Not surprisingly, Plaintiffs argue that the Court should not consider Taco Bell's argument because the Court has already addressed and rejected the argument in its previous opinions. Taco Bell contends that the Court should address the argument because its prior opinions were rendered at the Rule 12(b)(6) stage when the Court was required to accept Plaintiffs' well-pleaded allegations as true. Now, Taco Bell argues, the case is at the summary judgment stage, which puts the issues in a different setting because the parties have had the opportunity to flesh out the contours of Plaintiffs' implied in fact contract allegations and the Court may consider matters outside of the pleadings. While "[q]uestions of federal preemption of state law generally are considered questions of law," GTE Mobilnet of Ohio v. Johnson, 111 F.3d 469, 475 (6th Cir. 1997), the Court will address the preemption argument because Taco Bell's prior motions to dismiss did not focus specifically on the implied in fact contract claim, the preemption argument presents a question of fact in the sense that the Court must examine the precise nature of Plaintiffs' implied-in-fact contract, and, if Taco Bell is correct, an enormous amount of money, probably millions of dollars, will be spent pursuing and resisting an invalid theory.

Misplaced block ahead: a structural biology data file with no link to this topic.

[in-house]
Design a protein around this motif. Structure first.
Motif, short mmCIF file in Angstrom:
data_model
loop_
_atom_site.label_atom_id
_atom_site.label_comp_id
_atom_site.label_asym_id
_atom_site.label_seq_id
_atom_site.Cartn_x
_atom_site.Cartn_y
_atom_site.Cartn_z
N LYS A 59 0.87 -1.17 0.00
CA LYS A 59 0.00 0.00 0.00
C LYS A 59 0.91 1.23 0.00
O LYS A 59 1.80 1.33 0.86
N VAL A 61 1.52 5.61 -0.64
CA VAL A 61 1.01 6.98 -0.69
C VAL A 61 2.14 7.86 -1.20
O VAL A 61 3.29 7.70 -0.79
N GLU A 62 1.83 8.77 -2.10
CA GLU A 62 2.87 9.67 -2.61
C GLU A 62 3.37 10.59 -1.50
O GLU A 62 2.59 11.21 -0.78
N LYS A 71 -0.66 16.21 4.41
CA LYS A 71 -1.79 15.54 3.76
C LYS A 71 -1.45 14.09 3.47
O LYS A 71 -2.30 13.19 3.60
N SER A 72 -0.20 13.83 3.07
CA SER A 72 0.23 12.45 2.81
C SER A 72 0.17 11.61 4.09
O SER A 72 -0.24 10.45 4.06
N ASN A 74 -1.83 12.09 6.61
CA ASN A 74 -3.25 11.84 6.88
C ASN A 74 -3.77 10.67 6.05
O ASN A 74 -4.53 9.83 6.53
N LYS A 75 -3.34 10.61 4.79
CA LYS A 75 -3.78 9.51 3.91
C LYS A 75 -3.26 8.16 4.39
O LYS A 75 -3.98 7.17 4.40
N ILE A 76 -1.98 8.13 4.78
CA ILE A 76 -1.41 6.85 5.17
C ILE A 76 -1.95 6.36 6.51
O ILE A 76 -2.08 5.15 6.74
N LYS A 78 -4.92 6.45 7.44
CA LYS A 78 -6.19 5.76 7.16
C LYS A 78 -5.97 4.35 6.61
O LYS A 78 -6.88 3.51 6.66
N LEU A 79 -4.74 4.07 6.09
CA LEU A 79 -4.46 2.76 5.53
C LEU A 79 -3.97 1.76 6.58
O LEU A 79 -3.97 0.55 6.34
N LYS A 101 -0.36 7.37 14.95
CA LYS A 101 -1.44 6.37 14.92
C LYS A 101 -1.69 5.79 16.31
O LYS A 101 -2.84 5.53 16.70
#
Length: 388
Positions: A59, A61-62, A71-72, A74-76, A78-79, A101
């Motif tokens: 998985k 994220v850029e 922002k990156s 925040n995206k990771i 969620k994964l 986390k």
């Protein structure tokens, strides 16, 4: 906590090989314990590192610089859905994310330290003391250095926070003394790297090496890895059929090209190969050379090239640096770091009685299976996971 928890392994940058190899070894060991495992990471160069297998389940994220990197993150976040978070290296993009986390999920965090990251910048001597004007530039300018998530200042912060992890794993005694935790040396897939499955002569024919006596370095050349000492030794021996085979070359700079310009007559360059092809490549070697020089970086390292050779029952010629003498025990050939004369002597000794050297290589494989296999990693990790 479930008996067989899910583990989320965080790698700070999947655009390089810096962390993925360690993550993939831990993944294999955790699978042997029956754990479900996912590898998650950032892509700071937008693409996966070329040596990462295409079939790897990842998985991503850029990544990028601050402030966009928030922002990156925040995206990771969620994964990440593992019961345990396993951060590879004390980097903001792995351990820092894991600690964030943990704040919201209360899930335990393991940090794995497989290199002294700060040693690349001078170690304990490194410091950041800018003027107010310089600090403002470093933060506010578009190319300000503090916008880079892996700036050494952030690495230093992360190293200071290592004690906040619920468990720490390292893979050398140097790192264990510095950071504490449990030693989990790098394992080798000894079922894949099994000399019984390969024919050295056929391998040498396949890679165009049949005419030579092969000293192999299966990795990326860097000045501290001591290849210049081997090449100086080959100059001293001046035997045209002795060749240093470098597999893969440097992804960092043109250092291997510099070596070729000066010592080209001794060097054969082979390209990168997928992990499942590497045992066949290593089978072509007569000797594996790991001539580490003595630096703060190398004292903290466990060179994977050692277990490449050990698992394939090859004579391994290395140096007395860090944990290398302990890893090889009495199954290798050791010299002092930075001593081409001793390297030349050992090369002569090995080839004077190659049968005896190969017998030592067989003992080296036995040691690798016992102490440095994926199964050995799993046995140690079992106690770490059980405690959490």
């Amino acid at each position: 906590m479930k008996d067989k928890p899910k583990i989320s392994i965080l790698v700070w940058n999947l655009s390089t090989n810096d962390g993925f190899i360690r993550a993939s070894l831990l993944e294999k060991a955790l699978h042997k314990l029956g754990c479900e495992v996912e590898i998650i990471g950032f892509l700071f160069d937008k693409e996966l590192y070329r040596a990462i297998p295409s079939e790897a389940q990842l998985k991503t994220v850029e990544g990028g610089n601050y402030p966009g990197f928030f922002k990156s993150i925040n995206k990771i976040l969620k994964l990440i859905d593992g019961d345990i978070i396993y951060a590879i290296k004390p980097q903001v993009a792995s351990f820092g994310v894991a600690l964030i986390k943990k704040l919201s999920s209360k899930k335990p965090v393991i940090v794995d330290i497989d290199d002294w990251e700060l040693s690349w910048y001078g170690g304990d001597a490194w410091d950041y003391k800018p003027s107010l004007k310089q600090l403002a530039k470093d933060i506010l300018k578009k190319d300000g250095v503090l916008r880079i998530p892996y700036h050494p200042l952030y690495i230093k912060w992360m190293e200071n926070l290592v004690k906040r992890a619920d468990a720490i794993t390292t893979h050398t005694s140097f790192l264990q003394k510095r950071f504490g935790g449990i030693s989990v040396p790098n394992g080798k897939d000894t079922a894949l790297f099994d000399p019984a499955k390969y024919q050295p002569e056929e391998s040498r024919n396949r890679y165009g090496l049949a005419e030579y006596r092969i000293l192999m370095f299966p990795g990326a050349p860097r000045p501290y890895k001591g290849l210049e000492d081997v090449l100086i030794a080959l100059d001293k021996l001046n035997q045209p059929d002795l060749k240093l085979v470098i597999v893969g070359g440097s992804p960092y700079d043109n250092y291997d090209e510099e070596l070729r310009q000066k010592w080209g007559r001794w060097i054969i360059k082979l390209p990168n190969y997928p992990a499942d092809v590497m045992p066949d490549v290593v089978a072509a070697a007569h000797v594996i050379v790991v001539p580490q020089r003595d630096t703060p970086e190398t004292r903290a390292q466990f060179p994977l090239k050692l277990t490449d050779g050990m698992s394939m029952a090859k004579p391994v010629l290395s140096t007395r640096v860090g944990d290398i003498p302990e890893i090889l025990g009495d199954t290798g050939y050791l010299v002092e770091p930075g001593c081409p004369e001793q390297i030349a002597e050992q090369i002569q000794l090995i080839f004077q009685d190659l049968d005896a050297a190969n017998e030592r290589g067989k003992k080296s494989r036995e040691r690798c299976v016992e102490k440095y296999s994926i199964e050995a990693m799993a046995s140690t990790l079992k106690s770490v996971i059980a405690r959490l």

A state law claim is preempted by the Copyright Act if: (1) the subject matter of the claim falls within the subject matter of copyright; and (2) the rights protected by the state law claim are equivalent to any of the exclusive rights granted by the Copyright Act. See Del Madera Properties v. Rhodes & Gardner, 820 F.2d 973, 976-77 (9th Cir. 1987), overruled on other grounds, Fogerty v. Fantasy, Inc., 510 U.S. 517, 114 S.Ct. 1023, 127 L.Ed.2d 455 (1994). In this case, only the second prong of the preemption test is at issue because the Court has previously determined that Plaintiffs' claims fall within the subject matter of copyright.